Sunday, 16 September 2012

Pateeswarar and the art of classical dance drama

As the sun set behind the famous Pateeswarar temple in Perur on Sunday, an explosion of colour, light and soothing ragas engulfed the corridors of the centuries old shrine with dancers from Coimbatore and beyond giving life to grand mythological tales through dance drama. 

Since Friday, over 150 dancers from different classical troupes across the country performed at the famed temple as part of Natyanjali, the annual dance festival held here during September for the past 17 years.
Natyanjali has been an effort to bring back the tradition of performing classical music and dance to temples. 

“Over the years, classical dance and music has become so commercialized and unavailable to common public unless one is willing to shell money on it.  Traditionally, it was not the case. Art was available in temples for everyone to watch and enjoy.  Natyanjali is an effort to bring art back to the temples,” says S. Gurumurthy, convenor of Natyanjail.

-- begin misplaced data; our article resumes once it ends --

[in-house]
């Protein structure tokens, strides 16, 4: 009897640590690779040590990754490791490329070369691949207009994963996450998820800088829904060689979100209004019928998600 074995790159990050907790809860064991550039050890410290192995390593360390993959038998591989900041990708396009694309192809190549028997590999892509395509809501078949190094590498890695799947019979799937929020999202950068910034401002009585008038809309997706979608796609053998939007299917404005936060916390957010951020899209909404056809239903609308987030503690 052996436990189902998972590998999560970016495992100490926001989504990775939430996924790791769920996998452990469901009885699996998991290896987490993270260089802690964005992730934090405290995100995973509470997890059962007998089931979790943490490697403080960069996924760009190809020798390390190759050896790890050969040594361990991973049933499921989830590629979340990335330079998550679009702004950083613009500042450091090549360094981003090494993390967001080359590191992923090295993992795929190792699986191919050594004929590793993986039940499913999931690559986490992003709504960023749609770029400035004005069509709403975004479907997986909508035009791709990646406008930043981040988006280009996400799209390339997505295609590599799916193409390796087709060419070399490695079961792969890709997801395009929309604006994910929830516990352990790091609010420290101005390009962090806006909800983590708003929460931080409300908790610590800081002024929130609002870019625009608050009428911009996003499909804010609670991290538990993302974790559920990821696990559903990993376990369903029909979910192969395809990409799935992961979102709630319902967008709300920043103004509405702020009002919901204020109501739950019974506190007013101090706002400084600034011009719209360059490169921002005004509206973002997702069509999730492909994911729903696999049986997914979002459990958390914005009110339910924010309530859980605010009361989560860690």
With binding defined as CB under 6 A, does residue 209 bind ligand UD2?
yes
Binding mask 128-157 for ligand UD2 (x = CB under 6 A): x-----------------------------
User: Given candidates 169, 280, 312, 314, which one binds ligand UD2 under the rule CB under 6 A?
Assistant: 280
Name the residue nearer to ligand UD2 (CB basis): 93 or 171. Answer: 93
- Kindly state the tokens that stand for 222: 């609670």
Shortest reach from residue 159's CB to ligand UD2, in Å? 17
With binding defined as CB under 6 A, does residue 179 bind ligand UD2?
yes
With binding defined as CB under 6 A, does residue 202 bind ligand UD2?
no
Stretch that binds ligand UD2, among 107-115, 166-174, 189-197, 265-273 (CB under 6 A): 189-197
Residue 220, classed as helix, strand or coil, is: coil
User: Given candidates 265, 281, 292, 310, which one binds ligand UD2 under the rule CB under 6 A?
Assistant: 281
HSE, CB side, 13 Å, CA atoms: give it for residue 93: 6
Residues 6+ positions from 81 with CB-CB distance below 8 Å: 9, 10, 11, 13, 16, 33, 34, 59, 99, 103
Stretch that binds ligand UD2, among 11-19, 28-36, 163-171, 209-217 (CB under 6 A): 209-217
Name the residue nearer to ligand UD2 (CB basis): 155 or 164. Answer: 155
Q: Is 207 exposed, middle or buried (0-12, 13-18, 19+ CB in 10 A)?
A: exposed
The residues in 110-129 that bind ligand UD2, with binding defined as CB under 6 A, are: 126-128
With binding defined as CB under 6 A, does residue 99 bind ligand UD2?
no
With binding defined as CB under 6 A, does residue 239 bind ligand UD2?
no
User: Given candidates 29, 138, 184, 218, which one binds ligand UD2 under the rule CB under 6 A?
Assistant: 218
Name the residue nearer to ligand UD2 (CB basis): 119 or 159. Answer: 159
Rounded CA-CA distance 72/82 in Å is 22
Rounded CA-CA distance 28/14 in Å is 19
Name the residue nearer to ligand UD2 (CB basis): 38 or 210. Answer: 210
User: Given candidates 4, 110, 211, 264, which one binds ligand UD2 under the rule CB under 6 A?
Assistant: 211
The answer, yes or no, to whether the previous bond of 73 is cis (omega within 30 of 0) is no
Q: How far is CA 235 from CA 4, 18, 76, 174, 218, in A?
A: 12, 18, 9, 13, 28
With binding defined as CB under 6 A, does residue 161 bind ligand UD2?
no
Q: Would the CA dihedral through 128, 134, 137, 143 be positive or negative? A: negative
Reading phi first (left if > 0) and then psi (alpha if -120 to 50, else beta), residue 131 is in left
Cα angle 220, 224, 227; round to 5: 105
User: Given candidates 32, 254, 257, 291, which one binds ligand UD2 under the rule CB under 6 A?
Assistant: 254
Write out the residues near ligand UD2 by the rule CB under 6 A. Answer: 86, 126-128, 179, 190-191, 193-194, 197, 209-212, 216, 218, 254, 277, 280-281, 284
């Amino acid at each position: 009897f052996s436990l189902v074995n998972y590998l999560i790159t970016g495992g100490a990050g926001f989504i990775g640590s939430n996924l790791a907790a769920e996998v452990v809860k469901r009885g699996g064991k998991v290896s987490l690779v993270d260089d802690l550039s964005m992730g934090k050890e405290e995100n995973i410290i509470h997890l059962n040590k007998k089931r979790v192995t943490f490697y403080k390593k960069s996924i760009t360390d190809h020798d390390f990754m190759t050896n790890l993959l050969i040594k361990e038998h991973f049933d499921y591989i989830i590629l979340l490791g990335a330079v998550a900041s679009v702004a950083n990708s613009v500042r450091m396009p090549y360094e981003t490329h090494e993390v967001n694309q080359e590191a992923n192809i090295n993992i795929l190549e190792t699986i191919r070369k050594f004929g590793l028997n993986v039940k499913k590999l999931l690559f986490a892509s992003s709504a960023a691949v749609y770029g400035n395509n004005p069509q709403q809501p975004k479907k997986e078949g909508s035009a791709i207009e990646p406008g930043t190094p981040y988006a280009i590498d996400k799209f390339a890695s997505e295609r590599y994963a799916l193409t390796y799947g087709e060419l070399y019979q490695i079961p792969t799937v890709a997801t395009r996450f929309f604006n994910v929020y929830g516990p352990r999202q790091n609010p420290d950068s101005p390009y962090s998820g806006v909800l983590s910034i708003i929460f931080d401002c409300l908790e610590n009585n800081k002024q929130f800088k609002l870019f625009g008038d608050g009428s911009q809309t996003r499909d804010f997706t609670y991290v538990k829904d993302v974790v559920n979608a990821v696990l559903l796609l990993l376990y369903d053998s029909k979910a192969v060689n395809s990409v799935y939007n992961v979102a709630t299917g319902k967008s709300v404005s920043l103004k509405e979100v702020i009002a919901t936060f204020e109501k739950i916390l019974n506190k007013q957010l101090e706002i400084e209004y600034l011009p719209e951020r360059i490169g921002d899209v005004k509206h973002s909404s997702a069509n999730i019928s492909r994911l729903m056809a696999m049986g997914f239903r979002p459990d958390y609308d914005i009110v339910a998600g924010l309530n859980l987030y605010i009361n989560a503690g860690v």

Gurumuthy and his team have been taking pains to ensure that this dance festival has been continuing without a break. “We face a lot of hazzles in arranging funds etc. since there is no external support but so far we have been successful and hope to continue to bring the best dancers to Perur for the common public to see and enjoy,” he says.

The organizers could not have chosen a better venue for the event as the Pateeswarar temple where the main deity is Lord Nataraja (god of dance), is soaked in history.  Located on the banks of the Noyyal River also known as Kanchi Manadi,  Pateeswarar temple was built during the Chola era as part of the 36 Lord Shiva temples  built on Noyyal river banks and was called Melai Chidambaram. “Among these 36 temples, the Perur Pateeswarar temple is one of the most popular and considered very sacred,” says historian C. R. Elangovan.

He points out that much before Coimbatore came into existence, Perur was the prominent town even a thousand years ago and was mainly built surrounding this temple.  “Sundaramurthy Nayananar, one of the four top Saivite scholars has visited Perur and sung praises of Lord Pateeswarar that is present in Thevaram,”  Elangovan says.

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